Frank Carrone

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Francesco Carrone, also known as "Buzzy" or "Buzz", was an Italian-American Gambino crime family associate (1938 - 1975 Walpole, Massachusetts). He was a close friend of Thomas Agro and Peter Calabrese.


Born in the Little Italy section of Manhattan, Carrone allegedly earned the nickname "Buzz" from his psychotic behavior and violent temper. Frank joined the Gambino family as an associate, working under capo Thomas Agro and later capo Carmine Fatico in the Bergin Hunt and Fish Club crew. He was involved in bank robbery and hijacking as a "stick up man". Carrone also trafficked small shipments of cocaine, marijuana and Quaaludes in Fort Lauderdale, Florida.

Fellow crew member Joseph Ianuzzi described Carrone before his terrifying disfigurement as "a tall and handsome Italian" mobster. Before his disfigurement, Carrone suffered from narcissistic personality disorder, borderline personality disorder and antisocial personality disorder. After his mauling, Carrone's condition was made worse by a severe case of posttraumatic stress disorder.

Receiving facial disfigurement[edit]

His right eye was gouged or shot out leaving him with a slightly demented look on his face from the severed nerve endings and paralyzed facial muscles with an empty right eye socket and a demented expression on his face, giving the impression half of his face was smiling. It is unclear how or who was responsible for Carrone losing his eye, if it was involving La Cosa Nostra matters or if it was accidental. This ultimately made the once handsome and youthful Carrone, once known for his stunning good looks stand out in a crowd with his horrible ghastly disfigurement. It is also unknown if the horrible accident caused Carrone to suffer from permanent brain trauma, caused by the injury, making him psychopathic. As a result of the injury Frank suffered from depth perception issues in the years following his accident.

It is unknown why Frank did not consult an ocularist and have an ocular prosthetic set into his eye socket. In 1972 or 1974 (depending on which source you read) "he stood out from the rag tag group of mobsters emulating class".

Being put on the shelf[edit]

Carrone was exiled from his crew and the Gambino family for robbing banks without Fatico's permission. Carrone now started robbing banks on his own. In May 1972 Federal Bureau of Investigation (FBI) Special Agents Patrick Colgan and Thomas D'Onofrio were looking for Carrone about a string of bank robberies in New York. A number of bank tellers implicated Carrone, describing him as "bizarre looking man with one eye and a gun". One day the two agents spotted Carrone exiting an apartment building in Little Italy. Carrone saw the agents and drove off. The FBI chased him at speeds up to 90 miles per hour (140 km/h). As the agents approached children crossing at a cross walk, they attempted to slow down, but their brakes failed. Carrone sped away, but immediately plowed into a woman's car. When the agents got out of their car, a bystander told them that Carrone was hiding under the steering wheel in his vehicle. Almost immediately, Carrone popped out and starting firing at the agents. In the confusion, Carrone managed to escape.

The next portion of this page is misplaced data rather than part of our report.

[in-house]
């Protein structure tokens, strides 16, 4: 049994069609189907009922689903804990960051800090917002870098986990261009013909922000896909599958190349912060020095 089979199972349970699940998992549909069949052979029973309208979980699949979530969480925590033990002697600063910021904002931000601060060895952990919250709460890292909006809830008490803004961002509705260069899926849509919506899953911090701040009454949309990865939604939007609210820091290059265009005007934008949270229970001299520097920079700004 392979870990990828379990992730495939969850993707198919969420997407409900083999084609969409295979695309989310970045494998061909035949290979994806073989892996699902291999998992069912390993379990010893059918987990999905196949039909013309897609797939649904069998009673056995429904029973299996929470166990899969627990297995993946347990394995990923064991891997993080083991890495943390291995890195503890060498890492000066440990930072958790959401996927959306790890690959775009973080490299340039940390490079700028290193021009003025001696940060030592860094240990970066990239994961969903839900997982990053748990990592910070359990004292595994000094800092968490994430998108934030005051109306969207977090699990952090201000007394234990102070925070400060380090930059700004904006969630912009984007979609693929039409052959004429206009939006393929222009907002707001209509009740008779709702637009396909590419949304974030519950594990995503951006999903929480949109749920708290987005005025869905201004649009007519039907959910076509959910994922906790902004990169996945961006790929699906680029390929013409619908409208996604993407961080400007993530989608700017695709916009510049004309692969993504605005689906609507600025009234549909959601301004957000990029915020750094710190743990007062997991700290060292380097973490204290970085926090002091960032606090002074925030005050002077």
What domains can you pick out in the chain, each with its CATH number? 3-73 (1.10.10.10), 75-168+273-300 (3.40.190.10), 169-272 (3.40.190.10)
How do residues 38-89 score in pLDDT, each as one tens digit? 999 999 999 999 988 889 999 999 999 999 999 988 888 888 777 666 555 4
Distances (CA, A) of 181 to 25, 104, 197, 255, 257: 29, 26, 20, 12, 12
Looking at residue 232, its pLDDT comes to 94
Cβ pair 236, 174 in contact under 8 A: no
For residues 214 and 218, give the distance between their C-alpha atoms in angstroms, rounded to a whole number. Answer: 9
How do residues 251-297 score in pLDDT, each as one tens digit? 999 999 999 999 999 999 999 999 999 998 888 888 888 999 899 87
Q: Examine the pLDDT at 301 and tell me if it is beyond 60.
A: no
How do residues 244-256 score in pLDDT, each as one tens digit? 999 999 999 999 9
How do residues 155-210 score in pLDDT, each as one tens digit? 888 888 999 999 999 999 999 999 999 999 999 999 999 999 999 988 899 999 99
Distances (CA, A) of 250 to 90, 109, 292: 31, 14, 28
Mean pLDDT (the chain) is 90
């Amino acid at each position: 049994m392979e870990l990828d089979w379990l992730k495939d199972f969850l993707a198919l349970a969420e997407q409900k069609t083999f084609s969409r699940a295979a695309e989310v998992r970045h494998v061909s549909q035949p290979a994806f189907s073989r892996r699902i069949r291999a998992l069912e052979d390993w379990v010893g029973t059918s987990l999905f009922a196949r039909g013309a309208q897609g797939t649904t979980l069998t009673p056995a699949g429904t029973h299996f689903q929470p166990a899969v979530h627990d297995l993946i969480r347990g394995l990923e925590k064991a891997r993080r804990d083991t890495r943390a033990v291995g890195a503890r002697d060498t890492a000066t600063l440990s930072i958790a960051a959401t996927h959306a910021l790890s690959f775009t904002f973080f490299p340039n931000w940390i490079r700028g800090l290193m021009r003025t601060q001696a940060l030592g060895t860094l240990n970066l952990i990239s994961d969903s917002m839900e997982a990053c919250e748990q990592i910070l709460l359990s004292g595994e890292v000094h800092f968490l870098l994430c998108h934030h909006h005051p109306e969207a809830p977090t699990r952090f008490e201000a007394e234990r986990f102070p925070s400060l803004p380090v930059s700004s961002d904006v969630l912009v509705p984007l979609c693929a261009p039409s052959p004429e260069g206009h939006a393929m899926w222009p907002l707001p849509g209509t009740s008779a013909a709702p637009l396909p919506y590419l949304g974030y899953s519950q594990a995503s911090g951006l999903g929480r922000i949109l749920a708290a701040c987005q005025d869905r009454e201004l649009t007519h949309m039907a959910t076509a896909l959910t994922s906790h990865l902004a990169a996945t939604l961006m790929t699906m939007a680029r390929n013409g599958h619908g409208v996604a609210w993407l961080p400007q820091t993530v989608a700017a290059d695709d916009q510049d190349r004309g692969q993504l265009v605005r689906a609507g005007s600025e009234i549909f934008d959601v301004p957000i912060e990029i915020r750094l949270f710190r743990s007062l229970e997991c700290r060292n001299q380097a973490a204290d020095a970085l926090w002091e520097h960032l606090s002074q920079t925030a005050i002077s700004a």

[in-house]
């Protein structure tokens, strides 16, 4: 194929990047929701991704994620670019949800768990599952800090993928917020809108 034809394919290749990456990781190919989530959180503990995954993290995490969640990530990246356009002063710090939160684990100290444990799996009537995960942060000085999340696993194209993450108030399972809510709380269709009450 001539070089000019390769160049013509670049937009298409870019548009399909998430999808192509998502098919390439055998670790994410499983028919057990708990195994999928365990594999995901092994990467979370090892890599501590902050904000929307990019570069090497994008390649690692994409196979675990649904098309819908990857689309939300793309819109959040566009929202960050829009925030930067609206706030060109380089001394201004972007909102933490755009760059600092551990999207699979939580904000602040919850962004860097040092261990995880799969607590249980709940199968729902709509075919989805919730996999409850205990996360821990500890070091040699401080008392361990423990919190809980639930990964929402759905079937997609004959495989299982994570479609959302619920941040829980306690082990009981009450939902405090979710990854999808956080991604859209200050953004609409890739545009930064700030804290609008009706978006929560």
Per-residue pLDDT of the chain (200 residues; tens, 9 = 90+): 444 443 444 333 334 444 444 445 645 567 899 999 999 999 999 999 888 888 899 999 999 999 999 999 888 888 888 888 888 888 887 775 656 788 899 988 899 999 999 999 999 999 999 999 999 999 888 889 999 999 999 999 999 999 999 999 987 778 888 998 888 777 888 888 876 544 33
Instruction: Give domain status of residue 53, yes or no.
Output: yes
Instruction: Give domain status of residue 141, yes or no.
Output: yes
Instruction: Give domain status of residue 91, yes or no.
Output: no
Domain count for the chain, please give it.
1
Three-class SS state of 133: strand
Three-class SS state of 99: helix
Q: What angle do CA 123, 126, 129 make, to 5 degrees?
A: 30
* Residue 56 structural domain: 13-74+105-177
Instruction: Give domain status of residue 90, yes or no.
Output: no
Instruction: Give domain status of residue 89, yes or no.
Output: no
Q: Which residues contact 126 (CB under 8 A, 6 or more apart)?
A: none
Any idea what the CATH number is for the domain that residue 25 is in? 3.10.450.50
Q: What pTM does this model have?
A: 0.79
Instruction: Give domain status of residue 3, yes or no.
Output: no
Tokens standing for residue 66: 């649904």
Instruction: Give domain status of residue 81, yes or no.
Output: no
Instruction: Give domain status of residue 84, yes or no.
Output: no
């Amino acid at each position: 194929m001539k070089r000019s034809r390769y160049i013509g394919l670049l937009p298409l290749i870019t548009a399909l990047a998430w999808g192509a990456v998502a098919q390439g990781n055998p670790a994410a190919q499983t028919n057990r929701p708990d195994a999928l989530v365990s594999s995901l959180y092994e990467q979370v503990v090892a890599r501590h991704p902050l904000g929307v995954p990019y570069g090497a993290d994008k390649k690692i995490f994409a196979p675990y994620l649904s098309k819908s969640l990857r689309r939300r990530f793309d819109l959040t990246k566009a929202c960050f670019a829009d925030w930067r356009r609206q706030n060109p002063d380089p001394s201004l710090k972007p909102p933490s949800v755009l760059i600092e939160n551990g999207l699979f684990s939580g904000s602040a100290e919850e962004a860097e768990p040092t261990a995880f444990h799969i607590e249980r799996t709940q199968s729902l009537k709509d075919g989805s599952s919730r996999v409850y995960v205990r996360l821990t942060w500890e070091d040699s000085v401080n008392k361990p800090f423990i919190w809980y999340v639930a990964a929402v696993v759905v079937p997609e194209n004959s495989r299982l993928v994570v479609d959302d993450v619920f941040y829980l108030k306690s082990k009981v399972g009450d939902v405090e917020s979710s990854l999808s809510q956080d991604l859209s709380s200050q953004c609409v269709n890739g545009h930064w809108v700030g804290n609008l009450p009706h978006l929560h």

Angering the Mob[edit]

After the FBI shootout, FBI supervisor John Good approached Fatico and told him to give up Carrone. Fatico could not comply because Carrone had fled to Boston. This caused a period of major FBI harassment brought on by Carrone shooting at the FBI agents. Furious at the trouble that Carrone had caused the Gambino family, Fatico put a contract on Carrone. Fatico allegedly offered to induct anyone who murdered Carrone into the Gambino family. However, Carrone remained a fugitive. He was also featured as a fugitive on the television program America's Most Wanted, but no one turned him in.

Capture in Massachusetts[edit]

In 1974, low on money, Carrone robbed a bank in East Boston, Massachusetts in the Financial District, Boston, Massachusetts. However, a silent alarm went off and Massachusetts state police troopers were soon chasing him. The troopers chased Carrone into some nearby woods. One trooper, tiptoeing through some heavy underbrush, suddenly heard three loud clicks behind him. He turned with his gun drawn and saw Carrone standing there, his gun pointed at the trooper's head. Fortunately Carrone was out of ammunition. As the trooper leveled his own gun at Carrone, Carrone pleaded with the trooper, "Do it". However, the trooper arrested him.

Time in prison[edit]

Carrone was sent to prison at Massachusetts Correctional Institution - Cedar Junction in Walpole, Massachusetts. Other inmates soon convinced Carrone that the Gambino family was going to murder him. Carrone spent his days quivering in fear, convinced that at any moment one of Carmine Fatico's soldiers would poison his food, or waylay him in a dark corner. FBI agents periodically visited Carrone, allegedly determined to make his life miserable. Carrone suffered from insomnia brought on chronic fatigue syndrome.

In 1975, Carrone died in prison of an undiagnosed supraventricular tachycardia brought on by hypertension, starvation, and malnourishment.


  • Joe Dogs: The Life and Crimes of a Gangster, by Joe Dogs Iannuzzi
  • Goombata: The Improbable Rise and Fall of John Gotti and his Gang, by John Cummings and Ernest Volkman